Journal of Neural Transmission

, Volume 124, Issue 4, pp 463–470

Comparative analysis of speech impairment and upper limb motor dysfunction in Parkinson’s disease

  • Jan Rusz
  • Tereza Tykalová
  • Radim Krupička
  • Kateřina Zárubová
  • Michal Novotný
  • Robert Jech
  • Zoltán Szabó
  • Evžen Růžička
Neurology and Preclinical Neurological Studies - Original Article

DOI: 10.1007/s00702-016-1662-y

Cite this article as:
Rusz, J., Tykalová, T., Krupička, R. et al. J Neural Transm (2017) 124: 463. doi:10.1007/s00702-016-1662-y

Abstract

It is currently unknown whether speech and limb motor effectors in Parkinson’s disease (PD) are controlled by similar underlying brain processes. Based on computerized objective analysis, the aim of this study was to evaluate potential correlation between speech and mechanical tests of upper limb motor function. Speech and upper limb motor tests were performed in 22 PD patients and 22 healthy controls. Quantitative acoustic analyses of eight key speech dimensions of hypokinetic dysarthria, including quality of voice, sequential motion rates, consonant articulation, vowel articulation, average loudness, loudness variability, pitch variability, and number of pauses, were performed. Upper limb movements were assessed using the motor part of the Unified Parkinson’s Disease Rating Scale, contactless three-dimensional motion capture system, blinded expert evaluation, and the Purdue Pegboard Test. Significant relationships were observed between the quality of voice assessed by jitter and amplitude decrement of finger tapping (r = 0.61, p = 0.003), consonant articulation evaluated using voice onset time and expert rating of finger tapping (r = 0.60, p = 0.003), and number of pauses and Purdue Pegboard Test score (r = 0.60, p = 0.004). The current study supports the hypothesis that speech impairment in PD shares, at least partially, similar pathophysiological processes with limb motor dysfunction. Vocal fold vibration irregularities appeared to be influenced by mechanisms similar to amplitude decrement during repetitive limb movements. Consonant articulation deficits were associated with decreased manual dexterity and movement speed, likely reflecting fine motor control involvement in PD.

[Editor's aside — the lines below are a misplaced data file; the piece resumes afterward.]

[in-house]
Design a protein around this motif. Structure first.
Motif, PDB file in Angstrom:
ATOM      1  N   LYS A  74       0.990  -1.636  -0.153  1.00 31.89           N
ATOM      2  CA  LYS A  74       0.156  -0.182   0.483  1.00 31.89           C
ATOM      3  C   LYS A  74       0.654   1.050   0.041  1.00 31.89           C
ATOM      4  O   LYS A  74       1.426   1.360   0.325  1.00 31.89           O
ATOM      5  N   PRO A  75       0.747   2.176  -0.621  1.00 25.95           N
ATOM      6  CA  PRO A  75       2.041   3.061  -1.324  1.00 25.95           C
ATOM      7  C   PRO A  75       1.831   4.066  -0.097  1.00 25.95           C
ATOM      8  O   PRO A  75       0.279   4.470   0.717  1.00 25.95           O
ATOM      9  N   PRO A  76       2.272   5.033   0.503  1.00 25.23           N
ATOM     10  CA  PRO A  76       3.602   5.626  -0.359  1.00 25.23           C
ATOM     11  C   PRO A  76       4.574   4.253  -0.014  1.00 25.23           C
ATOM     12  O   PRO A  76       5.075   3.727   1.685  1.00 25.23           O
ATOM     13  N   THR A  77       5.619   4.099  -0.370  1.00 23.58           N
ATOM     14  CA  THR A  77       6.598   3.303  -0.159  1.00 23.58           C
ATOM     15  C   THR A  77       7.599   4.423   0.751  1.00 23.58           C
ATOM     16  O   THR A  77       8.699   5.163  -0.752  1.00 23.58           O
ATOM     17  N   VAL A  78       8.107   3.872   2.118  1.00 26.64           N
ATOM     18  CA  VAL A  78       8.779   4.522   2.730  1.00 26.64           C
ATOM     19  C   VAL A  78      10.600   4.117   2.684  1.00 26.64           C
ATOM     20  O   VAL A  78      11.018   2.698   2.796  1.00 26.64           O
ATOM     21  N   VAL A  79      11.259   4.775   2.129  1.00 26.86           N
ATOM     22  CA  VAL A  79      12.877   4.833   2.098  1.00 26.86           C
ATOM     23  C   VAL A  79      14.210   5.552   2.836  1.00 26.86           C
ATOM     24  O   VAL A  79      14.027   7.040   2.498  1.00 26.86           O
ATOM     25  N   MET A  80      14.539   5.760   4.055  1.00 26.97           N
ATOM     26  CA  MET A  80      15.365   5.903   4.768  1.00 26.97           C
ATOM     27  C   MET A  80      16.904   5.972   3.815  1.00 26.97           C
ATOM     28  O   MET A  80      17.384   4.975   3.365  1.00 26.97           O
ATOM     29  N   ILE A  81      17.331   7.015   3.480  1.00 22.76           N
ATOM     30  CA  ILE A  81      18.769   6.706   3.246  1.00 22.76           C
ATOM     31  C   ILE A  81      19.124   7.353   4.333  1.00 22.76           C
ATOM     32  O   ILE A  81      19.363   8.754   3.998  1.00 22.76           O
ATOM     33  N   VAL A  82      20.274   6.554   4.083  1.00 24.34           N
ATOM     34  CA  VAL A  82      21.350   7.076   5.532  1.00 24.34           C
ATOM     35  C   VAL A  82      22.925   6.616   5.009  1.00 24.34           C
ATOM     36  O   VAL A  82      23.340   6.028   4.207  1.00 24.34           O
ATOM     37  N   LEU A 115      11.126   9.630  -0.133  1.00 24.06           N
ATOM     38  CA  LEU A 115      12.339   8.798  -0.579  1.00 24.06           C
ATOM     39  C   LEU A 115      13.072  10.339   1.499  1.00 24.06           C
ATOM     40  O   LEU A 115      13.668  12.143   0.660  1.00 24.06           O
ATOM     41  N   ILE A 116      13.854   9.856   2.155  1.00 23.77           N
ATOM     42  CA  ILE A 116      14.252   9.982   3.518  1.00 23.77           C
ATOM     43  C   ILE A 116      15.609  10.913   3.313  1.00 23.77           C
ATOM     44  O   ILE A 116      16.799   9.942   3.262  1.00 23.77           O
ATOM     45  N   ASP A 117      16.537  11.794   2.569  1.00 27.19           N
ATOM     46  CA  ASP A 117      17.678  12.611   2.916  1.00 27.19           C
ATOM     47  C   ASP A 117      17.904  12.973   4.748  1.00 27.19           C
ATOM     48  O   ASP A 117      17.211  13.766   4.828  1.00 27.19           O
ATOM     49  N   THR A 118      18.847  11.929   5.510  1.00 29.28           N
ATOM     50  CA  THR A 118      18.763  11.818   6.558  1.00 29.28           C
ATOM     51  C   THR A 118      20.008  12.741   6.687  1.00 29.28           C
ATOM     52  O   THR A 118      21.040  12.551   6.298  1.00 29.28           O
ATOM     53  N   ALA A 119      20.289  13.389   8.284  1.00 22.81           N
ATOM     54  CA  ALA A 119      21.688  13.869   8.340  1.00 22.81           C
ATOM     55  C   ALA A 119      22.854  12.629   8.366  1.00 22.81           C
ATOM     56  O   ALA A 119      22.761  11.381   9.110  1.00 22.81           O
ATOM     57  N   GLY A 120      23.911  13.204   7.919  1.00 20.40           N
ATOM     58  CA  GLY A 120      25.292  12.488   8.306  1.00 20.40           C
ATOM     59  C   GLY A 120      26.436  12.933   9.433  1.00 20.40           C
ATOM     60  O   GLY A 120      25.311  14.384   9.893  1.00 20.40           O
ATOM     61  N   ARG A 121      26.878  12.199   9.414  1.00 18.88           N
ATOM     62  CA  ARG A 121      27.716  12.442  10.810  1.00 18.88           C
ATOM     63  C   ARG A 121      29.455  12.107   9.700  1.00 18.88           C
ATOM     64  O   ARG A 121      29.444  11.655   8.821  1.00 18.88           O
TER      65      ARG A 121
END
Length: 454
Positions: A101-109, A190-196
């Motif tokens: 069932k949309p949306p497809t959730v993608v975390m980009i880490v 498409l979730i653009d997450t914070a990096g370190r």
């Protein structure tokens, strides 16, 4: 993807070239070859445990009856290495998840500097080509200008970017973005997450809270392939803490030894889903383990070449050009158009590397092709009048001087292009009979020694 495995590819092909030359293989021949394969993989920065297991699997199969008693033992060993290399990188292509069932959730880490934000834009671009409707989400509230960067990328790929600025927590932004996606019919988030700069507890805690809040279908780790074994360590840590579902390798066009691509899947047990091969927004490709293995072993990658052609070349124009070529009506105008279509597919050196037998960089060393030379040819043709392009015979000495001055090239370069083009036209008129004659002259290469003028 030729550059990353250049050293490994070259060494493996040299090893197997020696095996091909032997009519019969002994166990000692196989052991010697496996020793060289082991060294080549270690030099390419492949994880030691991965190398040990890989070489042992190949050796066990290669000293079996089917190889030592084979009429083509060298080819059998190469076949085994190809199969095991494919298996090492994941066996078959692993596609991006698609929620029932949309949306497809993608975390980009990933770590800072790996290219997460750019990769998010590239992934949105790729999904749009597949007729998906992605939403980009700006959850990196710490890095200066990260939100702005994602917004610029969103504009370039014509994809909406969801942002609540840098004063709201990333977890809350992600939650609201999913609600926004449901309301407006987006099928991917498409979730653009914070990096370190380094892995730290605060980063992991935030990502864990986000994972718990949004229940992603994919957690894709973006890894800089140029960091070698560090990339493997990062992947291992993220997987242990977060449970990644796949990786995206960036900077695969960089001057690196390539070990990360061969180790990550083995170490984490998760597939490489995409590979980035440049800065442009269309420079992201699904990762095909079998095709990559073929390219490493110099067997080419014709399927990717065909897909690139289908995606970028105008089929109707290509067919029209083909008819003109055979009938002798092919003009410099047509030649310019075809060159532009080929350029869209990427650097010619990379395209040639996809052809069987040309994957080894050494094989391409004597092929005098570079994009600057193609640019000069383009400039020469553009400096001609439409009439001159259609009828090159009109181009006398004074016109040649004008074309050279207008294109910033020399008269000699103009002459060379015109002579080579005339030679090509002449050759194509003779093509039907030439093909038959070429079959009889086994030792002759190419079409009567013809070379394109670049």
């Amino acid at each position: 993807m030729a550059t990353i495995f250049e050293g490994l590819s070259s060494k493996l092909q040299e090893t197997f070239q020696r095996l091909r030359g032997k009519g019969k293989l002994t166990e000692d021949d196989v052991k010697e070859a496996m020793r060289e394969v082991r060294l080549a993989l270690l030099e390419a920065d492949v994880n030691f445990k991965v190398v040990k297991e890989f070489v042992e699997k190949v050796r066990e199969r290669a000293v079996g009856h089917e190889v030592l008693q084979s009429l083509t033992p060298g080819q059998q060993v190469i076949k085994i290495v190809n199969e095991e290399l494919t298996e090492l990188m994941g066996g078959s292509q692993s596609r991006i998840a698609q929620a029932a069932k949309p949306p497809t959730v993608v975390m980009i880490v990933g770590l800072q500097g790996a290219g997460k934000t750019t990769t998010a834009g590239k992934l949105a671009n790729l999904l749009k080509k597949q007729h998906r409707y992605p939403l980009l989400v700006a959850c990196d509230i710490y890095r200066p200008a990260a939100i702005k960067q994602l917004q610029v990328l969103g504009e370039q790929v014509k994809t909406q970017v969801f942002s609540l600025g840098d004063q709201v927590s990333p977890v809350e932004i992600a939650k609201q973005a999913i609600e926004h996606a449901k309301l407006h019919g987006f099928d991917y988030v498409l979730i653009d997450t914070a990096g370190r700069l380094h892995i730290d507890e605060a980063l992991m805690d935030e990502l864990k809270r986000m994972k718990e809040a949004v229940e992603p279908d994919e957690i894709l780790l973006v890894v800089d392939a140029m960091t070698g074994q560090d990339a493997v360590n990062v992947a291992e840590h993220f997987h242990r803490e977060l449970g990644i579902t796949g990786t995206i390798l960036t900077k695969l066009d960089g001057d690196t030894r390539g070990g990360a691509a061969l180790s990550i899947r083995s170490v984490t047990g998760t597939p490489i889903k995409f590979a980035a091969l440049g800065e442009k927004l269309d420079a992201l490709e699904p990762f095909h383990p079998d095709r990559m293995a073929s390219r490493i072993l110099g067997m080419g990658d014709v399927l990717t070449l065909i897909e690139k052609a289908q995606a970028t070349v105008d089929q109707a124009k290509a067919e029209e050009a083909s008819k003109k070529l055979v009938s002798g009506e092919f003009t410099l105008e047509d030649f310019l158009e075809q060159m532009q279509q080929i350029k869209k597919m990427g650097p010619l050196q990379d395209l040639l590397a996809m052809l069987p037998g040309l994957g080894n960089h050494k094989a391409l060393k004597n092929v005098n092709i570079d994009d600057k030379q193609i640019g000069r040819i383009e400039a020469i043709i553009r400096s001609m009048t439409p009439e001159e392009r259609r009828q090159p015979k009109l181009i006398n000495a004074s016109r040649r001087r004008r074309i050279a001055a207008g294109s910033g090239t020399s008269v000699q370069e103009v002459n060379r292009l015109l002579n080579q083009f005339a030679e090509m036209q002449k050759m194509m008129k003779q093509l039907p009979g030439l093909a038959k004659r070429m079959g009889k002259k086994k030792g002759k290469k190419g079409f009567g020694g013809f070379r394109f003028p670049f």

Keywords

Parkinson’s disease Bradykinesia Hypokinetic dysarthria Speech and voice disorders Limb function Motion capture 

Supplementary material

702_2016_1662_MOESM1_ESM.pdf (443 kb)
Supplementary material 1 (PDF 443 kb)

Funding information

Funder NameGrant NumberFunding Note
Ministerstvo Zdravotnictví Ceské Republiky
  • 15-28038A
  • 15-28038A
  • 15-28038A
  • 15-28038A
  • 15-28038A
  • 16-28119A
  • 16-28119A
  • 16-28119A

Copyright information

© Springer-Verlag Wien 2016

Authors and Affiliations

  • Jan Rusz
    • 1
    • 2
  • Tereza Tykalová
    • 1
  • Radim Krupička
    • 3
  • Kateřina Zárubová
    • 4
  • Michal Novotný
    • 1
  • Robert Jech
    • 2
  • Zoltán Szabó
    • 3
  • Evžen Růžička
    • 2
  1. 1.Department of Circuit Theory, Faculty of Electrical EngineeringCzech Technical University in PraguePragueCzech Republic
  2. 2.Department of Neurology and Centre of Clinical Neuroscience, First Faculty of MedicineCharles UniversityPragueCzech Republic
  3. 3.Department of Biomedical Informatics, Faculty of Biomedical EngineeringCzech Technical University in PragueKladnoCzech Republic
  4. 4.Department of Neurology, 2nd Faculty of Medicine and Motol University HospitalCharles UniversityPragueCzech Republic

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